Media Insider: Fixing Twitter, How Top Publishers Optimize Headlines, and Survival of the First Amendment
Welcome to Media Insider, PR Newswire’s round up of journalism, blogging and freelancing stories from the week.
The First Amendment has survived plenty of change in 225 years, Poynter says. But complex disputes are popping up in predicable and surprising places. Poynter reports cases moving through the courts range from whether Facebook “likes” and Twitter posts are protected speech (both are for the moment) to what individual First Amendment rights should be granted to businesses (they‘re steadily expanding).
Fixing Twitter (Fortune)
Grappling with its identity, high turnover, and regime changes, CEO Jack Dorsey has a plan to right the ship. According to Forbes, this plan includes refining the service, catering to influencers, curbing abuses, playing more video, and building an app army.
How BuzzFeed, R29, and Other Top Publishers Optimize Their Headlines and Images (The Content Strategist)
For brands still getting started with optimization, The Content Strategist put together some information that you need to know. At BuzzFeed, lead data scientist Ky Harlin believes it’s crucial to put resources into strong headlines and images because they often are the two things that introduce readers to content. At Refinery29, VP of editorial strategy Neha Gandhi stresses how optimization helps make a solid first impression on readers, The Content Strategist reports.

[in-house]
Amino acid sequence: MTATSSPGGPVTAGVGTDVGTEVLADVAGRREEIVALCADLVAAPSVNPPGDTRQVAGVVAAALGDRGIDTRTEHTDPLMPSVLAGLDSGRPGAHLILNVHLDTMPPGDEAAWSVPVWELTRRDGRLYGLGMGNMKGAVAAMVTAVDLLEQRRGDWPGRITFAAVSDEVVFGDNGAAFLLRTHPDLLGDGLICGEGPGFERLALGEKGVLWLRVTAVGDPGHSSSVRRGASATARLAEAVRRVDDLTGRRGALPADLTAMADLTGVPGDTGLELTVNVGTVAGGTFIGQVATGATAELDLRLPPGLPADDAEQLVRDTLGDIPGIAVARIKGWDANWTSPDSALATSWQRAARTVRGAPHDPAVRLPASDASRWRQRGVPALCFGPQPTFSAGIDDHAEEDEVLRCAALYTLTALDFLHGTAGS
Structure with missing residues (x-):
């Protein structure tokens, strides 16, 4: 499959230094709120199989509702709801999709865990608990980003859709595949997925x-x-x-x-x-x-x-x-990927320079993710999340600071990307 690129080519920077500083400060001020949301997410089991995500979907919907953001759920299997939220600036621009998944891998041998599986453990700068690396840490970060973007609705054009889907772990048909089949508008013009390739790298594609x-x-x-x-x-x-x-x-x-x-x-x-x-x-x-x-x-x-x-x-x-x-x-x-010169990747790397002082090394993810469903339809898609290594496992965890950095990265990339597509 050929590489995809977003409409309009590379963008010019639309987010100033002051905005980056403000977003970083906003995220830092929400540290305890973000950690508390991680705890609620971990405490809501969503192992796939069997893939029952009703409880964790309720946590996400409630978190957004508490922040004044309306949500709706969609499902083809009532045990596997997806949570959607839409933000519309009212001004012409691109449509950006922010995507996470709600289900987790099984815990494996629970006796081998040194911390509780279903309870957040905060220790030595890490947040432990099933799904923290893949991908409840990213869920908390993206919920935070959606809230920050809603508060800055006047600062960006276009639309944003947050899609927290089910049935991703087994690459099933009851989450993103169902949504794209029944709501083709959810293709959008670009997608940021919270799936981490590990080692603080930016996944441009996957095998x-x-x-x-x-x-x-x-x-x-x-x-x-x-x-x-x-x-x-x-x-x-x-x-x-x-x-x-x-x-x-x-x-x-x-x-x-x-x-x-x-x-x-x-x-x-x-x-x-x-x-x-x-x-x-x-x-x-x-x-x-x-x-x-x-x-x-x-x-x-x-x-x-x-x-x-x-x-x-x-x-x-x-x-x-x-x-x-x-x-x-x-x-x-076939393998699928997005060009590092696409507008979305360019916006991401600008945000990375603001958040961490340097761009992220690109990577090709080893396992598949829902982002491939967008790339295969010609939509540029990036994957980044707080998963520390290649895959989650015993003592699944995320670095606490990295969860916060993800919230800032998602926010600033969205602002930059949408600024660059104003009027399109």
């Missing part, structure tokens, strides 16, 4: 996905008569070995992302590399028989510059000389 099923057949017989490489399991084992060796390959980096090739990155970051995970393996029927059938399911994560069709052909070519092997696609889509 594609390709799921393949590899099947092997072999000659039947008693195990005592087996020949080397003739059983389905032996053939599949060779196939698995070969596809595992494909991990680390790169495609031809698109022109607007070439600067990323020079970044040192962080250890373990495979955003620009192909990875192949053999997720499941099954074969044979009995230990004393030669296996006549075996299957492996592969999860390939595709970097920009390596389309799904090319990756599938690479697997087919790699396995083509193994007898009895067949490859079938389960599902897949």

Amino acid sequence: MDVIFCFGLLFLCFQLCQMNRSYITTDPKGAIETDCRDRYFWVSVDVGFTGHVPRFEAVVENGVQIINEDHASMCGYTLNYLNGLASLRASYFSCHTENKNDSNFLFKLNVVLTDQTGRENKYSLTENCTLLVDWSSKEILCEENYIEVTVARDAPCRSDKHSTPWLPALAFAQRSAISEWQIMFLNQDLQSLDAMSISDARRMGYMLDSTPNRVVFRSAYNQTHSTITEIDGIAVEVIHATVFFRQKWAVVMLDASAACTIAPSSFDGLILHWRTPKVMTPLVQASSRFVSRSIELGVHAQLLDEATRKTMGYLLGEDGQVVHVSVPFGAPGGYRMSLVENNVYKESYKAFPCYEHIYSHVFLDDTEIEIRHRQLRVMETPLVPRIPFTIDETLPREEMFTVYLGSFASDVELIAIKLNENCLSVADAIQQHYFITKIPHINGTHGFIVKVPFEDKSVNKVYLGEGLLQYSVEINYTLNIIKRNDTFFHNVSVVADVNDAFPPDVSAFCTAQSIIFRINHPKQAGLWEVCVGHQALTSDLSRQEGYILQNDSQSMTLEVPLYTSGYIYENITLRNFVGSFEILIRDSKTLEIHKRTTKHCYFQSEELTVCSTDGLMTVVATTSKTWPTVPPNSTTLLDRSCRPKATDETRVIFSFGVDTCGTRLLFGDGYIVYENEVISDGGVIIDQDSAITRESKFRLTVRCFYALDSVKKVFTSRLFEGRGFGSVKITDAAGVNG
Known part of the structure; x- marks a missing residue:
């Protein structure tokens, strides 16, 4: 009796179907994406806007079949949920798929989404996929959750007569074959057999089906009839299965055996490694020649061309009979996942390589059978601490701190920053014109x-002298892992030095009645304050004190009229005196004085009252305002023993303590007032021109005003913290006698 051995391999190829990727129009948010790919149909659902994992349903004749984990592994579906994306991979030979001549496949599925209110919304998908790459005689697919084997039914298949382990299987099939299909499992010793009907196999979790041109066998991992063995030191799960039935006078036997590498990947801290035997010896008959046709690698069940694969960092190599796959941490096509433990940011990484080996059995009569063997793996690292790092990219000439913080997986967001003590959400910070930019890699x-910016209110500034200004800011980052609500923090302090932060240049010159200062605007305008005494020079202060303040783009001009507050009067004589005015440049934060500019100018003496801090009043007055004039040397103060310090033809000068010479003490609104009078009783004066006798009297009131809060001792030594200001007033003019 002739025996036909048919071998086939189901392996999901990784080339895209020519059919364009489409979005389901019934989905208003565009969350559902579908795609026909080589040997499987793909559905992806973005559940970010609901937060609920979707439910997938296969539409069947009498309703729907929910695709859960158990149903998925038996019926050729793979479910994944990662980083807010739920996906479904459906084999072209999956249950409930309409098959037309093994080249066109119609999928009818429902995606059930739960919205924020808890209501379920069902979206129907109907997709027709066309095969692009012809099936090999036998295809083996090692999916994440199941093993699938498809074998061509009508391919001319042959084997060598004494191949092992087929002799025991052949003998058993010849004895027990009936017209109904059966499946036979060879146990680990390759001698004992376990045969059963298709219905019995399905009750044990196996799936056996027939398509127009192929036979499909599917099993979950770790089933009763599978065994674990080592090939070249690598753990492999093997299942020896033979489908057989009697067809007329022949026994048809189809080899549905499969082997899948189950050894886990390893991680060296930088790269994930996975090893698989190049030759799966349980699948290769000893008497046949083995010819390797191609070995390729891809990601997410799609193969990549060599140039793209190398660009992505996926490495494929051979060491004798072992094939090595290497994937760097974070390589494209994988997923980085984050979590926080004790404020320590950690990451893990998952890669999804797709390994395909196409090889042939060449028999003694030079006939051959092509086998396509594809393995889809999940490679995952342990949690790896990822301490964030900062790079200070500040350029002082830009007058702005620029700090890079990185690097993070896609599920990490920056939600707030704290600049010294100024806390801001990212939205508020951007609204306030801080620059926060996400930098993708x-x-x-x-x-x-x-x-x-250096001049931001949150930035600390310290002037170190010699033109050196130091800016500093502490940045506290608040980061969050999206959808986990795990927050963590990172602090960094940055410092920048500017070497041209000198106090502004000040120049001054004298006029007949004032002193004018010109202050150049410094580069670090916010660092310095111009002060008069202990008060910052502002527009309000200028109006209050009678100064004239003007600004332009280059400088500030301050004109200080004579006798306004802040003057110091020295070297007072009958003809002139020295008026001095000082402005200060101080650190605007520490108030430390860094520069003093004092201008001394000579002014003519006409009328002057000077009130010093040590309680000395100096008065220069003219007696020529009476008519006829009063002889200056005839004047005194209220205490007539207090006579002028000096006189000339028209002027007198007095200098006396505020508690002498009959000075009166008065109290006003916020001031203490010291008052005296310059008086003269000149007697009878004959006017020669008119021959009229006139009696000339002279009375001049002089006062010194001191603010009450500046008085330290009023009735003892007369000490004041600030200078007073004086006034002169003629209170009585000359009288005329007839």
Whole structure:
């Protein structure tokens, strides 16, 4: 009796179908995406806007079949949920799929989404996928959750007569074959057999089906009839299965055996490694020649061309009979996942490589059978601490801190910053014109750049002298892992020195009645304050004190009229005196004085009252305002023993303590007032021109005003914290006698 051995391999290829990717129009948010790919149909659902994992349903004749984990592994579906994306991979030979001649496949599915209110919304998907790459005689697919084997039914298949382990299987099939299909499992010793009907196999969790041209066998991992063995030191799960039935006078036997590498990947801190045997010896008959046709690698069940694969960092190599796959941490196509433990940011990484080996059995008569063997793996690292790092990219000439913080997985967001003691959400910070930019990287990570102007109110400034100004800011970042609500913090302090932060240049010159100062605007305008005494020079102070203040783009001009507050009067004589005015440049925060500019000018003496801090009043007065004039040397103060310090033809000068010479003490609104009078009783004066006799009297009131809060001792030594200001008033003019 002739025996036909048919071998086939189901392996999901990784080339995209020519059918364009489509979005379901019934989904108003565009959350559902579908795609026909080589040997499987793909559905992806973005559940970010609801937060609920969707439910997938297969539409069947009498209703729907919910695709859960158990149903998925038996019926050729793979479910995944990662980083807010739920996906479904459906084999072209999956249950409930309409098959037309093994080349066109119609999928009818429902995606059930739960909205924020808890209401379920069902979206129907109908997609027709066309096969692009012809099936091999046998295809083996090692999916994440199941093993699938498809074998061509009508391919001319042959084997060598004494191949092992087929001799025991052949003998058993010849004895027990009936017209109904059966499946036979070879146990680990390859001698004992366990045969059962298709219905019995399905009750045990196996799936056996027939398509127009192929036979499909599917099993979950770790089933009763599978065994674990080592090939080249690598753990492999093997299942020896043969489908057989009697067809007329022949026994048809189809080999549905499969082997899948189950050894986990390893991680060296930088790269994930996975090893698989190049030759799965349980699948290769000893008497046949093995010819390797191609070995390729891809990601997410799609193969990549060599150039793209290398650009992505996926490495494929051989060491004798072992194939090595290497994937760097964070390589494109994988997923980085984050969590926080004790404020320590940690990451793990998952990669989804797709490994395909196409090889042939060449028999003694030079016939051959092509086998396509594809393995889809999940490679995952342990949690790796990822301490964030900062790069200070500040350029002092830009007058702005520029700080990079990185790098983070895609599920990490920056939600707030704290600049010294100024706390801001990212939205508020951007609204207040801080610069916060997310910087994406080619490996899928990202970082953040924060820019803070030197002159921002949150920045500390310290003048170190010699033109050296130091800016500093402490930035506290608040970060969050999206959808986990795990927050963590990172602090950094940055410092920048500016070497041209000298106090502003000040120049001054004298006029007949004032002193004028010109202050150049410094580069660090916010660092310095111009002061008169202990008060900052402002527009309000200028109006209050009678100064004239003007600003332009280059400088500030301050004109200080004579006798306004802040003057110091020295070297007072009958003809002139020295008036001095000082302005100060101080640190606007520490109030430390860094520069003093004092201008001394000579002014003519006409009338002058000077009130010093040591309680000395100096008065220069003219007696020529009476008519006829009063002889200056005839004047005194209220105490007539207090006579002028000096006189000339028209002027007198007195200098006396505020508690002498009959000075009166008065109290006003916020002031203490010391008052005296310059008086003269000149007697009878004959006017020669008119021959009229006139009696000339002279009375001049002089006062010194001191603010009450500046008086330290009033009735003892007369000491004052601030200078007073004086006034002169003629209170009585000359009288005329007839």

Millennials finally have washed their hands of the giant news corporations, reports SocialTimes. Eighty-eight percent of this generation “sometimes or never” trust the news, according to The Washington Post. And as connectivity improves and more rely on smartphones, our news network will continue to grow, says SocialTimes.
Marissa Mayer is in the fight of her life, trying to overcome a growing chorus of calls for her dismissal from Yahoo, CNN reports. Under intense criticism from shareholders, Mayer agreed to a PBS interview with Charlie Rose. Rose asks: “When you look at what has happened, what did you do wrong?” Mayer responds, “I don’t think the story has yet played out. And I think that when we look at this, we’ve rolled out a new strategic plan for the company, and we can see the turnaround. A lot of tech turnaround adds we do take five, six, seven years.”
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